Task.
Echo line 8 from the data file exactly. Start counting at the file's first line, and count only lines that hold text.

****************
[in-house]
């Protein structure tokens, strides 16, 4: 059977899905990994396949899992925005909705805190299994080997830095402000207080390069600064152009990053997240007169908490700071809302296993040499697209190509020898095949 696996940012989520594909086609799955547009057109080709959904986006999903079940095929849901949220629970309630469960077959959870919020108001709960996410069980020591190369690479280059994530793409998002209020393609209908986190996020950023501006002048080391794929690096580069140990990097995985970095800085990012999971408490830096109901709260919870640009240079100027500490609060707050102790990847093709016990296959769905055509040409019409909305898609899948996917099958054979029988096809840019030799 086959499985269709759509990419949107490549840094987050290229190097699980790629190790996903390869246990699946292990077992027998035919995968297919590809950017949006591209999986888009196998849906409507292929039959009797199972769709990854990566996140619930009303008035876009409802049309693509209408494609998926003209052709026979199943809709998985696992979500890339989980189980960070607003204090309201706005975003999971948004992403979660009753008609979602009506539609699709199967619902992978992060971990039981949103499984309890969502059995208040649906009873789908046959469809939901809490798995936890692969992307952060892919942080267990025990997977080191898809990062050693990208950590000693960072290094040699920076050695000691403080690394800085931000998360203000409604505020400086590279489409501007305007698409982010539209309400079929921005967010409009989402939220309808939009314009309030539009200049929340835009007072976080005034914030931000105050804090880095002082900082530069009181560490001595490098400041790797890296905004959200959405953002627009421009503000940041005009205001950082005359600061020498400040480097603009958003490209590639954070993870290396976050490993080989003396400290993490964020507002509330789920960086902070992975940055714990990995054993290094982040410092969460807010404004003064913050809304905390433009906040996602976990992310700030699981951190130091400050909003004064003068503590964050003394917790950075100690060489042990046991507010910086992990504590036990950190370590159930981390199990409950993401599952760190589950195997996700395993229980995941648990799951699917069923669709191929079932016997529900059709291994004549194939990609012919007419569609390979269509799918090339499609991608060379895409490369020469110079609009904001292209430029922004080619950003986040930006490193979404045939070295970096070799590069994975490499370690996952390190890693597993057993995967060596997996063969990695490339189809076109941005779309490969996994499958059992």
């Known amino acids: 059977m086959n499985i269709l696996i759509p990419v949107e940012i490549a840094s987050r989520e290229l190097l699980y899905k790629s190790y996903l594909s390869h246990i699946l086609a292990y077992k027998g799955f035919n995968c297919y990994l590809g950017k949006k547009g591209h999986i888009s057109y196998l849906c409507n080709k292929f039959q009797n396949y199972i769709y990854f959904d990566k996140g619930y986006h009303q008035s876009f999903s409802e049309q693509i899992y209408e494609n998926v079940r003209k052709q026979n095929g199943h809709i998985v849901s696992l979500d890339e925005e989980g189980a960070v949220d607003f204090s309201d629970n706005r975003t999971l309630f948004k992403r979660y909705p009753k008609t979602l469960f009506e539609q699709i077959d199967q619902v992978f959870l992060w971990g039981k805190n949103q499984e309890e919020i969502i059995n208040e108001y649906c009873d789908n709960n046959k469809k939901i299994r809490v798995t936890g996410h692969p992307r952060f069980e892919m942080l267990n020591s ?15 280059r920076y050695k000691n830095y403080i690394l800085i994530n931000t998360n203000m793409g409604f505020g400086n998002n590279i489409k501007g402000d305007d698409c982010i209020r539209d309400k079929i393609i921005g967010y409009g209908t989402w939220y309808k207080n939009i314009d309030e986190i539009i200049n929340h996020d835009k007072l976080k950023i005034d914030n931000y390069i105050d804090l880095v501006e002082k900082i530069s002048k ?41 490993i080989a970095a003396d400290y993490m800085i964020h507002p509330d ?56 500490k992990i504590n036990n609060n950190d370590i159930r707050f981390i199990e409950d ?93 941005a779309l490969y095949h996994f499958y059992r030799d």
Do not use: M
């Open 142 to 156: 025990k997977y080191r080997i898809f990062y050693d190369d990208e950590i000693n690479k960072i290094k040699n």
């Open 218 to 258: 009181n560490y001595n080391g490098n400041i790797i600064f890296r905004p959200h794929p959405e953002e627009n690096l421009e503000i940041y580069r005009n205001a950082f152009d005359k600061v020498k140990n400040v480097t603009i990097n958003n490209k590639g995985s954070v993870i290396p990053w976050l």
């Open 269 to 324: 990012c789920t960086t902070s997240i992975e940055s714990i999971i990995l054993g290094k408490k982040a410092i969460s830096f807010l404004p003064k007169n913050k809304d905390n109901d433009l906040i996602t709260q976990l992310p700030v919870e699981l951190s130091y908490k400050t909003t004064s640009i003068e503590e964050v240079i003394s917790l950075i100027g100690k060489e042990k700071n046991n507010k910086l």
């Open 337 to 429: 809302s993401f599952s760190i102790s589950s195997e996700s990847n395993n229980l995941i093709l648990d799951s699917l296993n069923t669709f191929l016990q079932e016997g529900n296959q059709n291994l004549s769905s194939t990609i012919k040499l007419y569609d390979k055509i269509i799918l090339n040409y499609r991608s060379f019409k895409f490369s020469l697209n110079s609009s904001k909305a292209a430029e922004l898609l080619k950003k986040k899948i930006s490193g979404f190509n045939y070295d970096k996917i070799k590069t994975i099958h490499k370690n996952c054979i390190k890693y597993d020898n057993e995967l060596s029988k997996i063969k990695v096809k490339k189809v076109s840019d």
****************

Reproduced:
């Open 337 to 429: 809302s993401f599952s760190i102790s589950s195997e996700s990847n395993n229980l995941i093709l648990d799951s699917l296993n069923t669709f191929l016990q079932e016997g529900n296959q059709n291994l004549s769905s194939t990609i012919k040499l007419y569609d390979k055509i269509i799918l090339n040409y499609r991608s060379f019409k895409f490369s020469l697209n110079s609009s904001k909305a292209a430029e922004l898609l080619k950003k986040k899948i930006s490193g979404f190509n045939y070295d970096k996917i070799k590069t994975i099958h490499k370690n996952c054979i390190k890693y597993d020898n057993e995967l060596s029988k997996i063969k990695v096809k490339k189809v076109s840019d």